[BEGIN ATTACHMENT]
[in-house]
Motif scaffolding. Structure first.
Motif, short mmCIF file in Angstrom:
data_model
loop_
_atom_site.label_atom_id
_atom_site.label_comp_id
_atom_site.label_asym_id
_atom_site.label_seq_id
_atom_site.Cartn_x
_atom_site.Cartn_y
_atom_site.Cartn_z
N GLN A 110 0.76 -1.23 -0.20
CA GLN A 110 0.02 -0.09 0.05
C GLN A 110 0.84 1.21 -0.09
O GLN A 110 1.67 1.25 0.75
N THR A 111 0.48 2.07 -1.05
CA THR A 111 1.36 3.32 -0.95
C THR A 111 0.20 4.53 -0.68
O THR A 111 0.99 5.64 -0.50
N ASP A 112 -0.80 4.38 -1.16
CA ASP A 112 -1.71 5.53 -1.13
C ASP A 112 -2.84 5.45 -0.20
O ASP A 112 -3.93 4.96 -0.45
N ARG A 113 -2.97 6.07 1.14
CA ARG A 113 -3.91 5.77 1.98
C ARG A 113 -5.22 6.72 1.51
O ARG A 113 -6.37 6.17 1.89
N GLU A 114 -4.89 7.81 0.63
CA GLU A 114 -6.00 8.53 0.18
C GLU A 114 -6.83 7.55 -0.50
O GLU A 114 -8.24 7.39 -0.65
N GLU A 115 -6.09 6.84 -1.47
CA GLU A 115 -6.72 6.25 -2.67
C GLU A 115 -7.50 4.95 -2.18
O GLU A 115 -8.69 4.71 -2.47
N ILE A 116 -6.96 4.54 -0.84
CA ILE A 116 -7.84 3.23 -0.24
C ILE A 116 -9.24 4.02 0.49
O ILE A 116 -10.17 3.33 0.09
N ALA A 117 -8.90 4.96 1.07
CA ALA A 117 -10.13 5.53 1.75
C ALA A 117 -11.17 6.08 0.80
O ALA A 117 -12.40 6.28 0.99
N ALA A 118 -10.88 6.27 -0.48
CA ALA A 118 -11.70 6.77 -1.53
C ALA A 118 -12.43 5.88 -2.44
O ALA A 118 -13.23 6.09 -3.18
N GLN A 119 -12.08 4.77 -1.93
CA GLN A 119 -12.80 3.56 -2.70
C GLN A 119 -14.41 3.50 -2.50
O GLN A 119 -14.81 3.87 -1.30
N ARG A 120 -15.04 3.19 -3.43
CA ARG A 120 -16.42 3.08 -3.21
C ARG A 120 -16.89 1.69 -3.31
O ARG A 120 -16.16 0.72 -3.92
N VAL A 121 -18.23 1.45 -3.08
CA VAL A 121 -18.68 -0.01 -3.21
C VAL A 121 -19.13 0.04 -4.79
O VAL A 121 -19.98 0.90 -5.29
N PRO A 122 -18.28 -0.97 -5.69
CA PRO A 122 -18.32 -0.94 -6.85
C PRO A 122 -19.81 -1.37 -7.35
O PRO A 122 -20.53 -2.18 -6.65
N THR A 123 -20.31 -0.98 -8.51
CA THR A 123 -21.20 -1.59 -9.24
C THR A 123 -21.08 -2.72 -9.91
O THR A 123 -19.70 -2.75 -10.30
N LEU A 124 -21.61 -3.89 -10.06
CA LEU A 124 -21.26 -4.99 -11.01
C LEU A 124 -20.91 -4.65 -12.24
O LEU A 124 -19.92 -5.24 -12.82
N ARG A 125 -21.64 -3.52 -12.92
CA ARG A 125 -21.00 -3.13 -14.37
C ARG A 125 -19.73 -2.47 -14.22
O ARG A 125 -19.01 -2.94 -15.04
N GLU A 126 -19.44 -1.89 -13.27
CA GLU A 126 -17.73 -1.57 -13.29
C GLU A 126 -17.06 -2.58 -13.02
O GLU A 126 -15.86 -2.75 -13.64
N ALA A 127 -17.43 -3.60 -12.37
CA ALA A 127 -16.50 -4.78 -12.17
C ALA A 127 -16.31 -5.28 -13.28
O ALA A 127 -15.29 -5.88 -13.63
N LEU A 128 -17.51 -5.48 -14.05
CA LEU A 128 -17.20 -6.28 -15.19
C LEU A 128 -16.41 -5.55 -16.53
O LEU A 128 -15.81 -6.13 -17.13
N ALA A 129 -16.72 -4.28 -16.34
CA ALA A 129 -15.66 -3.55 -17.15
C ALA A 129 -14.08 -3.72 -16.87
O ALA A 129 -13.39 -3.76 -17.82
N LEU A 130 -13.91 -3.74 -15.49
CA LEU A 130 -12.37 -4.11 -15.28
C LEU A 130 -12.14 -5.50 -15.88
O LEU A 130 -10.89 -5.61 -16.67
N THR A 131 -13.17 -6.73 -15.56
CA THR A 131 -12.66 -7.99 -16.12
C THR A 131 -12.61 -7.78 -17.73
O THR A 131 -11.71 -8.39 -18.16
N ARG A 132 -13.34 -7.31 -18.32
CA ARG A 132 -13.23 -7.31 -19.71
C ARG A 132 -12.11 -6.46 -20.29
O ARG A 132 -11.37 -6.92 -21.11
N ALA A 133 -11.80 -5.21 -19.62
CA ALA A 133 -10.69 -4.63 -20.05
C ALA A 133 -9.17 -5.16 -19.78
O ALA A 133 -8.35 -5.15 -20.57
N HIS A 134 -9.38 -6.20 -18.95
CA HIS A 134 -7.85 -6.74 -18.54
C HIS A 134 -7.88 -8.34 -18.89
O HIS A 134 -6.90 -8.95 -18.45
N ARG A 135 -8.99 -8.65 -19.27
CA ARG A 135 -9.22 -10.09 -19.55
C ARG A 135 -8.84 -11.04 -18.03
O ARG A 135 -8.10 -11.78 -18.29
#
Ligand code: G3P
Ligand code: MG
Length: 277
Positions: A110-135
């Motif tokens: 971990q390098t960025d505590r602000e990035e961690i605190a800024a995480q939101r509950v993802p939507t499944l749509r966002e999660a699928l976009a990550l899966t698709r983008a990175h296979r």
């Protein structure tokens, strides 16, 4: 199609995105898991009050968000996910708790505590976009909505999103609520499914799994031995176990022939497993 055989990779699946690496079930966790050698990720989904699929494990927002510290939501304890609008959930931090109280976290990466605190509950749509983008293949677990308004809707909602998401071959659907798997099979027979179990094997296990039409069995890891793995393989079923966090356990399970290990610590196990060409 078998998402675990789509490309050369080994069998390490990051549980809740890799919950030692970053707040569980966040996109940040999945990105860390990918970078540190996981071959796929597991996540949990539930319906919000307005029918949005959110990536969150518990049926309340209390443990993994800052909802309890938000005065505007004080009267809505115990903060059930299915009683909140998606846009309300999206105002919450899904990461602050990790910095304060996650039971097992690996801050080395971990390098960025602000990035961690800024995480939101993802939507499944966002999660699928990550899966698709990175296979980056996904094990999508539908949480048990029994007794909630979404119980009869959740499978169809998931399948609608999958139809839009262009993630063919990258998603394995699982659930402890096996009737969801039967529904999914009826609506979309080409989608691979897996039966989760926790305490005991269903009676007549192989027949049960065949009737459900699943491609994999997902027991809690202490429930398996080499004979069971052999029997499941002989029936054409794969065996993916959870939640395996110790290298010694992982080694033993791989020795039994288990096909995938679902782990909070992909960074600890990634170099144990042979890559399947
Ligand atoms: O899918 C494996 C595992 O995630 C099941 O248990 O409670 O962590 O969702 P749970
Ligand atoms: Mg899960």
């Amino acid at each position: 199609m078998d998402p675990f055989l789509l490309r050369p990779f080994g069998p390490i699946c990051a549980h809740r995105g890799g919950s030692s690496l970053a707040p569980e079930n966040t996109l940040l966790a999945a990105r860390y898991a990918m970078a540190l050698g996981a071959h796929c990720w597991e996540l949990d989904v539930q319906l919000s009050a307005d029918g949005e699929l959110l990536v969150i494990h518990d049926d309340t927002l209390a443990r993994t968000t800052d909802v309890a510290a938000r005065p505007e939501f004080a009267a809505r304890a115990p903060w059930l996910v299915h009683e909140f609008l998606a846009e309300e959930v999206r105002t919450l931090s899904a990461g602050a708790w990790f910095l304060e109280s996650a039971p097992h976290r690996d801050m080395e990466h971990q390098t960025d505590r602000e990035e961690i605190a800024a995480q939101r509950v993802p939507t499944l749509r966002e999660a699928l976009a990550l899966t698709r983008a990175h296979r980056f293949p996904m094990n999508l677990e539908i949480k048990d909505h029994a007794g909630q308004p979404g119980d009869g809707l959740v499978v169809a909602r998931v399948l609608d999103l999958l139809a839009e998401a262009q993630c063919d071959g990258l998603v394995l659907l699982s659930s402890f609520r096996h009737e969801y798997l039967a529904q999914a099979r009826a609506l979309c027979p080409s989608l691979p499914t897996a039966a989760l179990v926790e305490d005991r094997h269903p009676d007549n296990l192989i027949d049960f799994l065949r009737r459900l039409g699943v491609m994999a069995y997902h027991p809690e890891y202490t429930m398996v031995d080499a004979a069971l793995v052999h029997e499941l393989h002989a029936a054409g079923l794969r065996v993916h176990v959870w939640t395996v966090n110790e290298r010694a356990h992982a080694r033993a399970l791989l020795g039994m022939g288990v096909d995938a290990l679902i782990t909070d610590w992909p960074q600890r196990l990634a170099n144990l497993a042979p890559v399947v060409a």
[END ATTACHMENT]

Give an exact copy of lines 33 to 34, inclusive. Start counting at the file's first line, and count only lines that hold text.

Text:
N GLU A 115 -6.09 6.84 -1.47
CA GLU A 115 -6.72 6.25 -2.67